Mississippi Gov. Tate Reeves has joined more than 20 other states in banning TikTok from all state-issued government devices “to protect critical infrastructure.”
“It’s no secret that the Chinese Communist Party is actively trying to steal U.S. intellectual property and Americans’ personal information. It’s a major threat to our national security and critical infrastructure, costs the U.S. economy hundreds of billions annually, and jeopardizes American jobs,” Reeves, a Republican, said in a press release issued on Jan. 11.
“Mississippi isn’t going to sit around waiting for the Chinese Communist Party to steal our state government data, and that’s why I issued this directive. It will help us better protect our state’s sensitive information and critical infrastructure,” he added.
In addition to issuing a directive to have the app removed from state devices, Reeves directed state departments to enforce restrictions on employees downloading TikTok, or any other software developed by ByteDance Ltd., the company that owns TikTok and employs Chinese Communist Party members.
Furthermore, Reeves directed the Mississippi Department of Information Technology Services to block access to TikTok from state networks.
“Legitimate concerns have been raised over TikTok’s extensive tracking of user data and the potential access and transfer of this data to the Chinese government,” the press release states.
The next day, the governors from North Carolina and Wisconsin signed orders banning the app.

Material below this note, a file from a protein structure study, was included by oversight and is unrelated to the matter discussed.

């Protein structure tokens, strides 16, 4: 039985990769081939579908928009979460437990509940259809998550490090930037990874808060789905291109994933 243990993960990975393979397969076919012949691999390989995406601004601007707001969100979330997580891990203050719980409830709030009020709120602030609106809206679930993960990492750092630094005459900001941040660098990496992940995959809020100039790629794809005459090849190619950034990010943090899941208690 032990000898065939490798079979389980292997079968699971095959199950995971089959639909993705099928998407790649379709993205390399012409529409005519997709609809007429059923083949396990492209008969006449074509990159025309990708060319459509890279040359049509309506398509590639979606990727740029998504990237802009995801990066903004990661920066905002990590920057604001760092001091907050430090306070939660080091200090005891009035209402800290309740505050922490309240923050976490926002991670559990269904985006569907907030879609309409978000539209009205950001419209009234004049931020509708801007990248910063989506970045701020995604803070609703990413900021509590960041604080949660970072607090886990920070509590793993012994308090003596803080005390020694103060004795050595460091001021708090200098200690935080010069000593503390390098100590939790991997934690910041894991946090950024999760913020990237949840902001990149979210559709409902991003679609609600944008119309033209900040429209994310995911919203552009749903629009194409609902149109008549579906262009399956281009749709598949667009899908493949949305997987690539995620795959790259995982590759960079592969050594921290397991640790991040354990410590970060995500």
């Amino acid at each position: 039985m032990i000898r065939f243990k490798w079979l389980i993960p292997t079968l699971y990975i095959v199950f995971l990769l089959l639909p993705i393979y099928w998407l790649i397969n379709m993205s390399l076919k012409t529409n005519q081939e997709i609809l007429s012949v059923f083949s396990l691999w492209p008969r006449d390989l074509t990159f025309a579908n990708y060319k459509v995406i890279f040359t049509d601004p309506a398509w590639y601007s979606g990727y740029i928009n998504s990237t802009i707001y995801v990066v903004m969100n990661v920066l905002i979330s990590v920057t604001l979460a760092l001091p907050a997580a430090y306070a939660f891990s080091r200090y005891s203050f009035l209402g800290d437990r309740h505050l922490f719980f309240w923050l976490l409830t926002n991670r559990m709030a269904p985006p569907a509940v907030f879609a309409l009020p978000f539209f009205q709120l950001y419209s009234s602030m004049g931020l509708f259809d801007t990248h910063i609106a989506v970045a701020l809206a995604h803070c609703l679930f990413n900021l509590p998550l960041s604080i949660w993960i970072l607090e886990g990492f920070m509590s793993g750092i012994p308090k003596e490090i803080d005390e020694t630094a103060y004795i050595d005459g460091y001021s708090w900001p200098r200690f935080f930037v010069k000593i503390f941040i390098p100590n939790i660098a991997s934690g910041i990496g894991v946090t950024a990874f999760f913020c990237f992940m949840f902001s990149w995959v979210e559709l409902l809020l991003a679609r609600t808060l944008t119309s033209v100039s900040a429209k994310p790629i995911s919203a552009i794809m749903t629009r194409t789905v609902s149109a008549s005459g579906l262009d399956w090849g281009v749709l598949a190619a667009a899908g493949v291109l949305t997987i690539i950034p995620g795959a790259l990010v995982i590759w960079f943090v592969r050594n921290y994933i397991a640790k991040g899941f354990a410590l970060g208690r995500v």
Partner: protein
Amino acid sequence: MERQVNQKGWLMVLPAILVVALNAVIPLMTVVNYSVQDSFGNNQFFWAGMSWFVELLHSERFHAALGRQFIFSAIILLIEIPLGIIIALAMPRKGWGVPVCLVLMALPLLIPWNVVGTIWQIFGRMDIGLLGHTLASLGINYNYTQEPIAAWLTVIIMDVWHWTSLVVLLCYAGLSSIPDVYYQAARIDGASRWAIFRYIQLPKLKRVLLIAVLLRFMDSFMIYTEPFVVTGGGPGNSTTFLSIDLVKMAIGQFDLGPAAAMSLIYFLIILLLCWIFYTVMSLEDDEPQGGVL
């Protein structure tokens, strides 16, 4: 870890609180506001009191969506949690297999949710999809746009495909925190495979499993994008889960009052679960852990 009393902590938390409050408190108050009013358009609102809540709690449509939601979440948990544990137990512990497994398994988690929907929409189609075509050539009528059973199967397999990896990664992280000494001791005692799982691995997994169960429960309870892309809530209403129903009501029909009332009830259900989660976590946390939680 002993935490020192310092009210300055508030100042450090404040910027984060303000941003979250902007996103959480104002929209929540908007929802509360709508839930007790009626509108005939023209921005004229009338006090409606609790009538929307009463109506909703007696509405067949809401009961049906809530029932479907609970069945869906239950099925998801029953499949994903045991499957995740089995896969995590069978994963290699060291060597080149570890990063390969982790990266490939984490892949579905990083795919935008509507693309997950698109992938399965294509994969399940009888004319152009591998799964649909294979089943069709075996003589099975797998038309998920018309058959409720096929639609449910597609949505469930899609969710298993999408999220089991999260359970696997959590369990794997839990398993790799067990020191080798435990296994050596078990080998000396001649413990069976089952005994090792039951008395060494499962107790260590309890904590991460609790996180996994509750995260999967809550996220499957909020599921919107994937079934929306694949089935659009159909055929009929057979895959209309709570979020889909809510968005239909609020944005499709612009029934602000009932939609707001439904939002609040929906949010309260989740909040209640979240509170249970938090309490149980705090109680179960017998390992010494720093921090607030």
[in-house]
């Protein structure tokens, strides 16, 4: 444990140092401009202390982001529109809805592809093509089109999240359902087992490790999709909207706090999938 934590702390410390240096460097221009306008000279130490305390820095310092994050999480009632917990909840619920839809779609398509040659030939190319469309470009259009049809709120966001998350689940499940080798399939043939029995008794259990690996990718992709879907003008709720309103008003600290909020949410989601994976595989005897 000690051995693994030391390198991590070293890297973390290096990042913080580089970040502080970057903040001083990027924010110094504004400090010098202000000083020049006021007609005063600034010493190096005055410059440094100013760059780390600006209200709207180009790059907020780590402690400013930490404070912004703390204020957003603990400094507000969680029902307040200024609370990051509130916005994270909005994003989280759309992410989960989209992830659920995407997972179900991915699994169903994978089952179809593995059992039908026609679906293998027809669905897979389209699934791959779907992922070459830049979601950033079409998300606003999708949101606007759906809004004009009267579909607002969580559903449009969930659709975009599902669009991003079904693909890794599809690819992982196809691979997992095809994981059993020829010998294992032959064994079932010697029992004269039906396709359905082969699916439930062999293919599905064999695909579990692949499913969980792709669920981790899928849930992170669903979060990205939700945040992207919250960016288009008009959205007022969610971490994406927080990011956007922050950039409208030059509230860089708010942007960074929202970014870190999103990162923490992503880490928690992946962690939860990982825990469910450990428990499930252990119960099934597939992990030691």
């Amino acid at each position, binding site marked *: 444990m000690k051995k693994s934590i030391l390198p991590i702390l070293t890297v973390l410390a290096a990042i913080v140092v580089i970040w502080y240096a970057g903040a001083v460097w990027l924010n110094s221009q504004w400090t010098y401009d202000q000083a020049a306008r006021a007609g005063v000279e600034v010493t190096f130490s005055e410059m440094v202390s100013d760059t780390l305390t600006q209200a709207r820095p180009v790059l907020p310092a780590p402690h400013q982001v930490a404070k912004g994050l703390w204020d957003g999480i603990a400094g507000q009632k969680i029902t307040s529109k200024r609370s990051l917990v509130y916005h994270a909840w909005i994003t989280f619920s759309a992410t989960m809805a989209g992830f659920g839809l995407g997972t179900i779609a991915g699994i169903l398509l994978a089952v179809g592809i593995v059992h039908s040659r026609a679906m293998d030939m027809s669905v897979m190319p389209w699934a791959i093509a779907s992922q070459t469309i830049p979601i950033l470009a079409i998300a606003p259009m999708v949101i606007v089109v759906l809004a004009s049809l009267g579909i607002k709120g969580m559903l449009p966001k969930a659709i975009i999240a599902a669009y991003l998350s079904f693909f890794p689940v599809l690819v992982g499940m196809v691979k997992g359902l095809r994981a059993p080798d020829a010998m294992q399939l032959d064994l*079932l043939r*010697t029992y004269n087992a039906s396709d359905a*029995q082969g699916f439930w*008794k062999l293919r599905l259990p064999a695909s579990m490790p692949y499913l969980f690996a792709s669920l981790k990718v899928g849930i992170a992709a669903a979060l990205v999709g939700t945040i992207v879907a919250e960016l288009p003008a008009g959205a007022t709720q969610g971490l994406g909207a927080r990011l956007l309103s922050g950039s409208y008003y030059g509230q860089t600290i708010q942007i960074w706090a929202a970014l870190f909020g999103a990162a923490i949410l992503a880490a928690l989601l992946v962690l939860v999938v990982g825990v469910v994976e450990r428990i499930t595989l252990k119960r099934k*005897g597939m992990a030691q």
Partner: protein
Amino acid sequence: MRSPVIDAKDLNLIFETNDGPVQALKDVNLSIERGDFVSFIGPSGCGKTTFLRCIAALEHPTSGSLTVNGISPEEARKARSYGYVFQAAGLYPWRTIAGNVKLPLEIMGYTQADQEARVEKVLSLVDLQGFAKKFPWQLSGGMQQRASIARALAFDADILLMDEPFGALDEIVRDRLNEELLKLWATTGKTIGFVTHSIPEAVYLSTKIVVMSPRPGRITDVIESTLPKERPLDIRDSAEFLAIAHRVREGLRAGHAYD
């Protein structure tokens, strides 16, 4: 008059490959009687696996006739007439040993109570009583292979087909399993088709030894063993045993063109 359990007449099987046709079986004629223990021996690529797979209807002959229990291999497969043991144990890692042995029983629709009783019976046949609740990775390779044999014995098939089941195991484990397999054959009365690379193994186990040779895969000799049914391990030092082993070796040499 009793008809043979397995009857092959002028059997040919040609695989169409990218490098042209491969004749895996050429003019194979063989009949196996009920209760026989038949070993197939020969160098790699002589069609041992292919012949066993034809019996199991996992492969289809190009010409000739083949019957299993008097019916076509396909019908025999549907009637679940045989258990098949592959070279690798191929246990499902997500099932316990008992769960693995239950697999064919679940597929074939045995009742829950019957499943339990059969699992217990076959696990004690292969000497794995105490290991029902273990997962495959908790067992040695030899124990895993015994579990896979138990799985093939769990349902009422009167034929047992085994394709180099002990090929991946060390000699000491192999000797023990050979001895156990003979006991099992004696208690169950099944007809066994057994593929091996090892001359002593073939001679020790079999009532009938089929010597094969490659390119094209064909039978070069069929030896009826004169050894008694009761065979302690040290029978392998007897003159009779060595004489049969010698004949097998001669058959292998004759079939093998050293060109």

North Carolina and Wisconsin Follow
North Carolina Gov. Roy Cooper, a Democrat, ordered the state chief information officer to work with the state department of information technology to develop a policy within 14 days that prohibits TikTok, WeChat, and any other application that presents a cybersecurity risk.
“It’s important for us to protect state information technology from foreign countries that have actively participated in cyberattacks against the United States,” said Cooper in a press release. “Protecting North Carolina from cyber threats is vital to ensuring the safety, security, privacy, and success of our state and its people.”
In December, North Carolina Reps. Jason Saine and Jon Hardister, both Republicans, sent a letter to the Democrat governor (pdf) insisting that Cooper remove the Chinese video app “swiftly and decisively,” deeming it to be a “matter of national security.”
“As we know, the Chinese government is constantly working to infiltrate our communications and access intellectual data within the United States,” Saine and Hardister wrote. “If sensitive data is breached, it could pose both an economic and security threat for North Carolina. We have a responsibility to prevent this from happening, which is why we are urging an executive order as soon as possible.”
Saine and Hardister referenced past orders, such as the chief administrative officer for the U.S. House of Representatives issuing an order on Wednesday for all lawmakers to delete the app on all devices managed by the House.
The $1.7 trillion omnibus bill President Joe Biden signed into law in December includes legislation banning the social media app from government devices over national security concerns.
Also in December, Indiana became the 20th state to block TikTok from being used on state devices.
In addition, Indiana Attorney General Todd Rokita, a Republican, filed two lawsuits against TikTok stating that the app made false claims.
“The TikTok app is a malicious and menacing threat unleashed on unsuspecting Indiana consumers by a Chinese company that knows full well the harms it inflicts on users,” Rokita said in a press release. “With this pair of lawsuits, we hope to force TikTok to stop its false, deceptive and misleading practices, which violate Indiana law.”